Towards the end of the 20th century, however, this notion of the gesamtkunstwerk was expanded from single hotels to chains. Ongoing reductions in air fares and the popularity of package tours prompted a boom in leisure travel that saw multinational hospitality firms such as Marriott and Hyatt develop sites around the world. These hotels typically employed a standardised aesthetic, such that guests could feel a sense of familiarity when entering any lobby. A backlash against the homogeneity of these big hotel chains began in the 1980s with the emergence of the first boutique hotels – establishments featuring highly stylised designs intended to emphasise their uniqueness. Hotelier and interior designer Anouska Hempel’s Blakes hotel in London, as well as the Morgans hotel devised by Ian Schrager and Steve Rubell in New York, provided the template for an alternative approach to hospitality focused on eclecticism, locality and individuality. In place of showpiece spaces, lobbies began to take on higher design values and a sense of individuality. It was a change embodied by Schrager and Rubell’s work with the designer Philippe Starck on the Royalton and Paramount Hotels in New York, which featured lobbies intended as social spaces where guests and city residents were encouraged to spend time. Starck’s designs for the interiors of these spaces incorporated dramatic lighting and quirky furniture that resulted in an atmosphere akin to a theatrical stage set, turning the hotel lobby into an exciting and aspirational social destination within the urban realm.



The watercolours above the reception desk are painted by local artist Sandro Fabbri.


“The lobby sets the tone for the overall guest experience.”

This concept of lobby socialising has been further advanced by contemporary hotel brands such as Ace Hotel and W, which invite the public into their lobbies and provide facilities such as communal tables, free Wi-Fi and coffee bars so visitors can spend prolonged periods working or relaxing in these spaces. This response to the trend for mobile working helps the lobby area to function as a lively and profitable venue that exists somewhere between the private and public realms. “The blurring of boundaries between public space and leisure space is already happening,” claims Weissenberg. “It is smart for hotels to meet the lifestyle of the customer, which includes working, playing and living in a single space. The hotel of the future will be an integrator of networks and people to build more personal connections.” It’s an exciting development that will continue to impact the next generation of lobbies.


The success of boutique hotels and the rise of the experience economy have also influenced many of the leading global chains, which have responded by ditching standardised design in favour of more individual interiors. Designer Patricia Urquiola has successfully achieved this with her sleek redesign of the Roman Mate Hotel Giulia on Milan’s Via Silvio Pellico. A 19th-century building that was previously a bank, its historical elements have been combined with strong colours, vintage chic and modern Italian furniture. Urquiola explains, “We had fun mixing panelling from the past with checked wallpaper that looks like maths exercise books.”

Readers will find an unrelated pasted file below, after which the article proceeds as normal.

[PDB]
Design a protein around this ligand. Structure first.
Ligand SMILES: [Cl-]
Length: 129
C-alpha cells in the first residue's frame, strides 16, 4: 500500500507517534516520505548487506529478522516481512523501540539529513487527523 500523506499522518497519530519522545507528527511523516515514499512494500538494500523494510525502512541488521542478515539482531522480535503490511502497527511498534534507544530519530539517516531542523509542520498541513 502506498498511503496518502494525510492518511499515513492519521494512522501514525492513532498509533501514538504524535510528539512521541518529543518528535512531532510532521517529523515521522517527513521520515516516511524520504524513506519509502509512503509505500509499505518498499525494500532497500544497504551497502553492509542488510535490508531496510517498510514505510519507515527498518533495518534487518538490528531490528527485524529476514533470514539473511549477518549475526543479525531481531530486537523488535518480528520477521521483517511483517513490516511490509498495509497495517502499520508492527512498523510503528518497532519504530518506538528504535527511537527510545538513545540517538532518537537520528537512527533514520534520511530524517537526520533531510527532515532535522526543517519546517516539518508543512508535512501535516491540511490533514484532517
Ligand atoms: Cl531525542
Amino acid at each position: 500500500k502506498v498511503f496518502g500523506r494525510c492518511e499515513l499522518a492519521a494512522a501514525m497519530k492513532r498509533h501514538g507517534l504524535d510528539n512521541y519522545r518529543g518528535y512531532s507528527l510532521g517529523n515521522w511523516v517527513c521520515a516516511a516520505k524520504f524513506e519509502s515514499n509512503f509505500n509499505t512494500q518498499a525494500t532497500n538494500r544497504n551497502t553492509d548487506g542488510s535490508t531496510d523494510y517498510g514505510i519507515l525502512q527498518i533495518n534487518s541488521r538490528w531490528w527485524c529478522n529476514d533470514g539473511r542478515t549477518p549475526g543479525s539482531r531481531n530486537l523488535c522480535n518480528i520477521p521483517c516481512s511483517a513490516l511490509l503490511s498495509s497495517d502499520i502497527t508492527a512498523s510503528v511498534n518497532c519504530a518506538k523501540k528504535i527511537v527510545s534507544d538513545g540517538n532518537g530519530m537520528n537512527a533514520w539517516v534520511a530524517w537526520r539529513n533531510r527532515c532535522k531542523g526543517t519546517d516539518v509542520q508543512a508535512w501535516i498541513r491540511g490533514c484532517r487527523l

Arecent renovation of the Radisson Blu hotel in Amsterdam, as seen on page 29, by Studio Edward van Vliet focused on introducing references to local heritage, while still providing a contemporary aesthetic to match the hotel’s updated amenities. As part of a refurbishment process that saw the lobby transformed into a lively and open multipurpose area, van Vliet specified a custom-made floor tile from BOLON, with an organic repeat pattern that incorporates different hues and tones to help distinguish the various programmatic areas. “It’s important for us to create a strong identity in spaces such as this, so we work a lot with bespoke designs for floors,” says van Vliet. “Choosing BOLON gave us the opportunity to design our own tile shape and to create a floor that perfectly fits our philosophy. It adds that necessary wow-factor to the lobby, which is the main public space and, therefore, a critical perception shaper.”


Terracotta bricks, a typical feature of Milanese architecture, are used on a curved wall in the lobby.


“Mobile working helps the lobby area to function as a lively and profitable venue.”

In fact, the choice of flooring in a hotel’s lobby has always been a good indicator of the sort of experience guests can expect during their stay or visit. Plush carpet evokes classical elegance, while marble suggests sophistication. At the Ace Hotel in London, wooden parquet flooring references the materiality of local buildings, while the robust yet decorative woven tiles at the Radisson Blu Amsterdam combine contemporary style with an essential practicality. As the first thing guests typically come into contact with upon entering a hotel, the lobby floor’s tactile and aesthetic qualities contribute greatly to initial impressions of the space. The surface needs to support the overall design concept and must be robust enough to withstand constant use over years or decades. The most memorable lobbies often feature soaring ceilings or spectacular chandeliers intended to draw the gaze upwards. Sometimes, however, a glance down at the floor can reveal just as much about a hotel’s character.